Nearly as insidious as the blank page is the allure of endless editing. Don't work the life out of your story, and don't rob yourself of all the stories you might have written if you weren't obsessively re-hashing something that was finished months or years ago. Editing has its place, but it's a small place. A bachelor pad, not a sprawling mansion. Write something new.

That story you've reluctantly stopped editing? Don't sit on it. Put your work out there. Submit to contests, magazines, anthologies, whatever. Self-publish. Then, forget about it. The story will do well, or it won't. Once it's submitted, let it go. Excellent stories get rejected for all sorts of silly reasons, and you need to not have an emotional investment. Your attention must be on the next thing you're writing, not the last thing you wrote months ago.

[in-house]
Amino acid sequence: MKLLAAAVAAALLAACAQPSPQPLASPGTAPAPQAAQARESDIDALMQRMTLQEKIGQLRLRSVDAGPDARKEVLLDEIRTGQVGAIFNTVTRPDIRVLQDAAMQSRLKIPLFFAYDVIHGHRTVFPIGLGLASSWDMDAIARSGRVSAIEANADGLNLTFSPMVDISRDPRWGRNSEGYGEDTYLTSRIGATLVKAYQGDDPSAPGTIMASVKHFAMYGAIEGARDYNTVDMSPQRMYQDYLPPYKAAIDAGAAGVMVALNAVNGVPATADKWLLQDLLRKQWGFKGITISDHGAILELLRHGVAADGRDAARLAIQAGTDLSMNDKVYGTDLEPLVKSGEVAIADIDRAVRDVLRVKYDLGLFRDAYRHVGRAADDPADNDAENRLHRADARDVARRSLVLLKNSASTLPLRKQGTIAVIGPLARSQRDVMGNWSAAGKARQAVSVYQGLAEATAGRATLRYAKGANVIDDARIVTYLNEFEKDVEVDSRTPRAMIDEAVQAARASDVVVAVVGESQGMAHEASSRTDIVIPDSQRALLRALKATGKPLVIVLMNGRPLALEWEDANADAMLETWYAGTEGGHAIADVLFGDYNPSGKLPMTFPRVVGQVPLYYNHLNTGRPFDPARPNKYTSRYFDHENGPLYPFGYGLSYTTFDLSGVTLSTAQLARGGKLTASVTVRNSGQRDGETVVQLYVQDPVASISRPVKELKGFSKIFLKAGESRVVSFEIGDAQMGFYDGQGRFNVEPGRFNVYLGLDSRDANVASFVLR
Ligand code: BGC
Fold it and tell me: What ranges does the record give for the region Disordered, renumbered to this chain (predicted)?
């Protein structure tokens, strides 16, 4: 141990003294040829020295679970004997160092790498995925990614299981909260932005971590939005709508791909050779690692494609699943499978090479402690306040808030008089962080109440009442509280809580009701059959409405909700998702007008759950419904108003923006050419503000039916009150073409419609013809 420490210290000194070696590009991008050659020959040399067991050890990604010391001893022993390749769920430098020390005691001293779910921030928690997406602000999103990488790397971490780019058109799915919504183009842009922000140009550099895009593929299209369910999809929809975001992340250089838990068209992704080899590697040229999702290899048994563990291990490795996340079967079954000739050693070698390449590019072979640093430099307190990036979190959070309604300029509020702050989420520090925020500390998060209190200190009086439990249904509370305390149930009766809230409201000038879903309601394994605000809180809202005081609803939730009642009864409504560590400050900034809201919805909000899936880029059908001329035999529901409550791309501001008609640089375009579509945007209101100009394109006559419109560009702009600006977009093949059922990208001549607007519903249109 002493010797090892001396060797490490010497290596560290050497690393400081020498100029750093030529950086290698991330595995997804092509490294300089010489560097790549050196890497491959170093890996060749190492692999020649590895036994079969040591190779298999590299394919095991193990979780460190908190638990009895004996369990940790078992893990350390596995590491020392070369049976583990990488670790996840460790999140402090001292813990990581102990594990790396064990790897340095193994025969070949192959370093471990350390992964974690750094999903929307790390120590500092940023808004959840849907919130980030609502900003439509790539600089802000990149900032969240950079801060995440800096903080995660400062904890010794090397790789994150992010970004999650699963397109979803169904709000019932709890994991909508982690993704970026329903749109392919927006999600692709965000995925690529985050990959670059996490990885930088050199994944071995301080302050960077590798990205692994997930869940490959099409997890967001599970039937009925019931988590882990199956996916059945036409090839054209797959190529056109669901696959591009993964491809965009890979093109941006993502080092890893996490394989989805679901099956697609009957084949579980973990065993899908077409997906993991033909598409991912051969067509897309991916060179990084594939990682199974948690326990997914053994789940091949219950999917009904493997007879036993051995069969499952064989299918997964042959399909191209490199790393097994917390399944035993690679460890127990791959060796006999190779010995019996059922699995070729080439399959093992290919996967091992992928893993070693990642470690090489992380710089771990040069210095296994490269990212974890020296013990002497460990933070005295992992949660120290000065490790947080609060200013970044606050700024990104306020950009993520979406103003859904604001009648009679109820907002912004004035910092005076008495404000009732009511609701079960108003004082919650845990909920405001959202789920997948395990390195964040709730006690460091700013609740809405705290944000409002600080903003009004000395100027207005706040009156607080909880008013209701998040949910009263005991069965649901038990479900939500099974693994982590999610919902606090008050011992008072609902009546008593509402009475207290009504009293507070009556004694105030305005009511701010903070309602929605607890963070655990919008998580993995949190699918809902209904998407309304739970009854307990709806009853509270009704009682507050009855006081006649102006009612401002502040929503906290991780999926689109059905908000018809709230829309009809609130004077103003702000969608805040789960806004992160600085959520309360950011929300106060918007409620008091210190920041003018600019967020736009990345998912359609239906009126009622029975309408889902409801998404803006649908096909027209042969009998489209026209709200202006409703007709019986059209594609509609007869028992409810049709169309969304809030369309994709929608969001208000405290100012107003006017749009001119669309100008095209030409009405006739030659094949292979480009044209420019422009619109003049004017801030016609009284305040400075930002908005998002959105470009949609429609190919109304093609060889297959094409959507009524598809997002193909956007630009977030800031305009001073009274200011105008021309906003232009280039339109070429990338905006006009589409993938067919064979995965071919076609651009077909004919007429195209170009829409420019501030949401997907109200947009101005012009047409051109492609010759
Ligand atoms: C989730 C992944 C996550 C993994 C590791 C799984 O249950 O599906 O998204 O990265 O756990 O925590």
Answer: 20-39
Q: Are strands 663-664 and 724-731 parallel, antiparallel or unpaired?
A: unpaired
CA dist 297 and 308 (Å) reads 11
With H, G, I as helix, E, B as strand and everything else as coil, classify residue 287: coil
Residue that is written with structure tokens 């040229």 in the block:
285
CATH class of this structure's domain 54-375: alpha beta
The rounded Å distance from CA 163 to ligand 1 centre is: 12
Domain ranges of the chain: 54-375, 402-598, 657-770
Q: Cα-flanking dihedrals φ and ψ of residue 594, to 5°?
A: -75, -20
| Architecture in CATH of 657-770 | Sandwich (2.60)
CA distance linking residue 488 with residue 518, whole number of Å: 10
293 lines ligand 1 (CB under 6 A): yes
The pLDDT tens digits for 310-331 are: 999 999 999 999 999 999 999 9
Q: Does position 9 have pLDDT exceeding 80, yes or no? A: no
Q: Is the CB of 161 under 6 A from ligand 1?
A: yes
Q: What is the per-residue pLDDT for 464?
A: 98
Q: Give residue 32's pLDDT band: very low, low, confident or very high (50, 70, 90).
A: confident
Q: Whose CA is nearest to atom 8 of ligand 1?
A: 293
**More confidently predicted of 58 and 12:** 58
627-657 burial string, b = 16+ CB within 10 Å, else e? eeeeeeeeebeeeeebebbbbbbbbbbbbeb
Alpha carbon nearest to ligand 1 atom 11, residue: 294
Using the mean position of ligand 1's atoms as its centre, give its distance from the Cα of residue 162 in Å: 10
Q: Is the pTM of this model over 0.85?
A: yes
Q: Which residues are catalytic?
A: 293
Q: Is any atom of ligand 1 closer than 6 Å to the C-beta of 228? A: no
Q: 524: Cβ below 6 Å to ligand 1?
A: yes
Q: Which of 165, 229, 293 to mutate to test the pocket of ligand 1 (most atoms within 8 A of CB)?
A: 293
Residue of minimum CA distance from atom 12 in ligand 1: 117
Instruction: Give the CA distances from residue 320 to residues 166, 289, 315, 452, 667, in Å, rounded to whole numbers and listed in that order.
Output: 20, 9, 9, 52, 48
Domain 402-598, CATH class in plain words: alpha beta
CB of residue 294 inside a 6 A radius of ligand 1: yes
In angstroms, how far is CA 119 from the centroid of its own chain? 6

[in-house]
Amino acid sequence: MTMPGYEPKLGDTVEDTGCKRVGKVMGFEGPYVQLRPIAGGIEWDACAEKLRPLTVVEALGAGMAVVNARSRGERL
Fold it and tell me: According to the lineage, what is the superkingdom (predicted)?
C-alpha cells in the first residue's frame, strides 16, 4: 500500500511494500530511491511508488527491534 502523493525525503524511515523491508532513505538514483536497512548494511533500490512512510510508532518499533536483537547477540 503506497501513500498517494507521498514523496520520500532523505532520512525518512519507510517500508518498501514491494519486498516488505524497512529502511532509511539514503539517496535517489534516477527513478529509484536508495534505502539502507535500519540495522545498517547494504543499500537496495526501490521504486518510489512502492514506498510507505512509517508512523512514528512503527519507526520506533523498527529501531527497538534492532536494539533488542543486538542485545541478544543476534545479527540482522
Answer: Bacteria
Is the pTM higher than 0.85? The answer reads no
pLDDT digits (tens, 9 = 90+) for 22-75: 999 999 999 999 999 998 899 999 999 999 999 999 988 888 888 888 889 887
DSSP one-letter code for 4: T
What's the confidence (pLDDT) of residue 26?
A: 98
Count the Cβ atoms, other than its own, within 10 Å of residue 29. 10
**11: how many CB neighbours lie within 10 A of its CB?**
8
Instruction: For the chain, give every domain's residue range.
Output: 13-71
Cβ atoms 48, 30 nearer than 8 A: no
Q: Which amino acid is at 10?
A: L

The best part of getting past the blank page, of course, is that it's fun. Writing can be the greatest job in the world. You get to make up entire worlds, you get to create something out of nothing. You get to have an impact on people you'll never meet. You may change the way people see the world, decades after you're gone. Staring at a blank page sucks, which is the best reason of all to move on to the good part. Once you overcome the minor hurdle of utter terror, you get to write!